Thus, PC theory problematizes this ‘I know all’ aspect of colonial discourse, and seeks to provide an alternative and wider narrative.
My Research will be dealing with the ‘Rising Geo-economic competition between India and China in the Persian Gulf’. The study would follow the concept of ‘Geo-economics’- a strategy of territorial control or geographic influence using the economic means (trade and investment), instead of military force. The study would further follow the Neo-realist concept of Relative gains, which leads India-China relation and their action to be driven by competitive self- interest. The liberal concept of Absolute gains would govern the actions of investment receiver Persian Gulf countries. The study would choose three Persian Gulf monarchies- Oman, Qatar, and Kuwait- for case study. The rationale for choosing them is the availability of energy reserves (among World’s Top 20) combined with their underdevelopment (or poverty). The requirement of Economic security leads these gulf monarchies to accept the investment policies and attached conditions with them. While the Energy security and strategic energy needs are leading India and China to involve in the Persian Gulf geo-economically. So, the study would also borrow the ‘Interdependence’ concept from Neo-liberal institutionalism, which is being used negatively by both countries to expand the influence in the region.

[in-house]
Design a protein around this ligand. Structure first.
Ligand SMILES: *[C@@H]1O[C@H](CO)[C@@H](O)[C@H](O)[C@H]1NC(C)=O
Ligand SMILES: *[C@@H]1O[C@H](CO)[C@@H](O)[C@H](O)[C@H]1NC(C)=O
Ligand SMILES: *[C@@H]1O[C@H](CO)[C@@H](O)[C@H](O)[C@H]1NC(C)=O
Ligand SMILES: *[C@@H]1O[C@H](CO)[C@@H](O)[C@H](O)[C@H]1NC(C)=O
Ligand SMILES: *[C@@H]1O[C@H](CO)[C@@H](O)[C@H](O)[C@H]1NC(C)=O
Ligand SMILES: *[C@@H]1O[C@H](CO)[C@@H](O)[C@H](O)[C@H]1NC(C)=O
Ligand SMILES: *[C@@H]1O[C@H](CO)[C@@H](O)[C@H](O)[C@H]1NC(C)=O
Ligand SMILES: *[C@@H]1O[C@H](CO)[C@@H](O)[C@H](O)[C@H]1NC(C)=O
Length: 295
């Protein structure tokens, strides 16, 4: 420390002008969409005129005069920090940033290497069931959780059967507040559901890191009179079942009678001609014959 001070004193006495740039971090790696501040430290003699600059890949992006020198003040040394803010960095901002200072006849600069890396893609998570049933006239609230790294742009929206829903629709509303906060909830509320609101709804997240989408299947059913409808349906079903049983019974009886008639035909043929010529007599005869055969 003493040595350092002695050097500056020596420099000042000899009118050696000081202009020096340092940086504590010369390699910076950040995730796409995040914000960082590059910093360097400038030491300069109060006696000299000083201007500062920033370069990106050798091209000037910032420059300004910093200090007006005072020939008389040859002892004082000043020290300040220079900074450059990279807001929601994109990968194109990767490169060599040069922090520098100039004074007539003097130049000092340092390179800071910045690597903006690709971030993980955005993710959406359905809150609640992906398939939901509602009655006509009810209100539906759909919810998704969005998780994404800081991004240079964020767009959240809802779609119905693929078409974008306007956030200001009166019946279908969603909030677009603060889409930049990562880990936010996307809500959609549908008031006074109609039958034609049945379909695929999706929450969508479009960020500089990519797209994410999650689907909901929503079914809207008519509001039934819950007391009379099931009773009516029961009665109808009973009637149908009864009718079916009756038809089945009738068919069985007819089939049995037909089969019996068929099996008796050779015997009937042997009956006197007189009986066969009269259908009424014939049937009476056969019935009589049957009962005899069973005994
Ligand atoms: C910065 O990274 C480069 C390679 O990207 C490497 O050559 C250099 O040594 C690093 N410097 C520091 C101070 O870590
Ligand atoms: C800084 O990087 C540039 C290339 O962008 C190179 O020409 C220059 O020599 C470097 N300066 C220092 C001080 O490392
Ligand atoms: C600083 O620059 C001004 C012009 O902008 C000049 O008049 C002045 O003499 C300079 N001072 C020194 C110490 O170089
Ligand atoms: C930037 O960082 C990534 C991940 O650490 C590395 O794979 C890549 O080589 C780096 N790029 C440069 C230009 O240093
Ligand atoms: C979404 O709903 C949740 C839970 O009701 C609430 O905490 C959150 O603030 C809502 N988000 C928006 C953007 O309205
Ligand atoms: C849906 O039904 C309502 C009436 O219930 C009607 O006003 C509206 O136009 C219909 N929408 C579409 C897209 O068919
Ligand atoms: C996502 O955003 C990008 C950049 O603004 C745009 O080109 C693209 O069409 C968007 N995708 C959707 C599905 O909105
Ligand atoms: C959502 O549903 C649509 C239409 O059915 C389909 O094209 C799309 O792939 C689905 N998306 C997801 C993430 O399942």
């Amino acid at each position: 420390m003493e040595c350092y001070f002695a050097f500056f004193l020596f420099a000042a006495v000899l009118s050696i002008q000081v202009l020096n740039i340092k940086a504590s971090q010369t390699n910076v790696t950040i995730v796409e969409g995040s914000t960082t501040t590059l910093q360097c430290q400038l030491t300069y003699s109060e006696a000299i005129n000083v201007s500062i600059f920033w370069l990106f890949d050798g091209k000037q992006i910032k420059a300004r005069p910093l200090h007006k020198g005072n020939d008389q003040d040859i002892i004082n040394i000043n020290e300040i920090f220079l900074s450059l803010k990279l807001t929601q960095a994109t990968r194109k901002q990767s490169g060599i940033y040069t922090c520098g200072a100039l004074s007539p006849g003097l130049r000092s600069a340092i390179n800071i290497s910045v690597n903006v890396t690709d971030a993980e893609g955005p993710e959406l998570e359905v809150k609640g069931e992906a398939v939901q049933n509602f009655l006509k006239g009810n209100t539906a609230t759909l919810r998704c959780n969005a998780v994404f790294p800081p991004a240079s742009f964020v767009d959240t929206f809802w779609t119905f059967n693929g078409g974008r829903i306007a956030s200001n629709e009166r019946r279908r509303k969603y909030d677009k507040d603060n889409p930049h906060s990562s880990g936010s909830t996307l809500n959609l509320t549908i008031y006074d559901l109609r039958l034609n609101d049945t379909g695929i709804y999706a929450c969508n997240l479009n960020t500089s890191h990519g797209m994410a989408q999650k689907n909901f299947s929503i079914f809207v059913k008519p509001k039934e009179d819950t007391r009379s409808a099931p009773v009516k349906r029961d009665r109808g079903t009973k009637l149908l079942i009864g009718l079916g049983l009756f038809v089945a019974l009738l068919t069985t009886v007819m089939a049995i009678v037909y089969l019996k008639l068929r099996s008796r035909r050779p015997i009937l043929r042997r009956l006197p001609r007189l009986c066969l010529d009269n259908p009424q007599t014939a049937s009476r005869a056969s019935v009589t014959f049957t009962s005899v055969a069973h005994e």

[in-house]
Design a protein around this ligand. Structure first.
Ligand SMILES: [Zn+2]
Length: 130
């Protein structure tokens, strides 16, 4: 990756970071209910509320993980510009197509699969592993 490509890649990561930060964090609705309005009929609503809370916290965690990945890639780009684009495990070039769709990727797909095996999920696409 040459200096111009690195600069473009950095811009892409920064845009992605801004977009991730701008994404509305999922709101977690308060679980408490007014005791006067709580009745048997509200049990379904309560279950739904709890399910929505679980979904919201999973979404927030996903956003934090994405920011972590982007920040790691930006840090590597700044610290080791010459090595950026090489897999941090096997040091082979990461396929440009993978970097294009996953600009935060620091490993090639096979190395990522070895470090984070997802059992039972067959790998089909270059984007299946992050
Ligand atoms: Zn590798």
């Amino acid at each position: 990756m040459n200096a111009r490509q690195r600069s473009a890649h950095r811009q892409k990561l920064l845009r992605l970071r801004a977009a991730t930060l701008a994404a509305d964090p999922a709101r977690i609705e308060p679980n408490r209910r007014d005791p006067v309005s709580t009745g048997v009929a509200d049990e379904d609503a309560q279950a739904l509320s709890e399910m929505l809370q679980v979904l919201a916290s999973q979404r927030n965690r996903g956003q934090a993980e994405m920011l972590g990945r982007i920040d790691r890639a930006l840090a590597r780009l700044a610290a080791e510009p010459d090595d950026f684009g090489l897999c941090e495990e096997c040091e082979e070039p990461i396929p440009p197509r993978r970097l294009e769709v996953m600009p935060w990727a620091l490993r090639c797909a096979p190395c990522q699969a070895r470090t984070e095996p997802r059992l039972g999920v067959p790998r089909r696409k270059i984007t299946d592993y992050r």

However, if my research would need to use the variables of Postcolonial theory it can use some. The study can use the concept of strategic essentialism for representation, in place of Geo-economics, which is being used by India to represent itself as a global player in the field of investment and trade. Thus India can essentialize its ignored identity by China and other global powers. The study could further use the concept of Formal mimicry, in place of Absolute gains, to explain how the investment receiver gulf monarchies are expected to feel obliged towards the investors. The relative gains could be replaced by substantive mimicry, which can analyze how China being the first and powerful geo-economic player would consider India’s growing geo-economic ability as competition.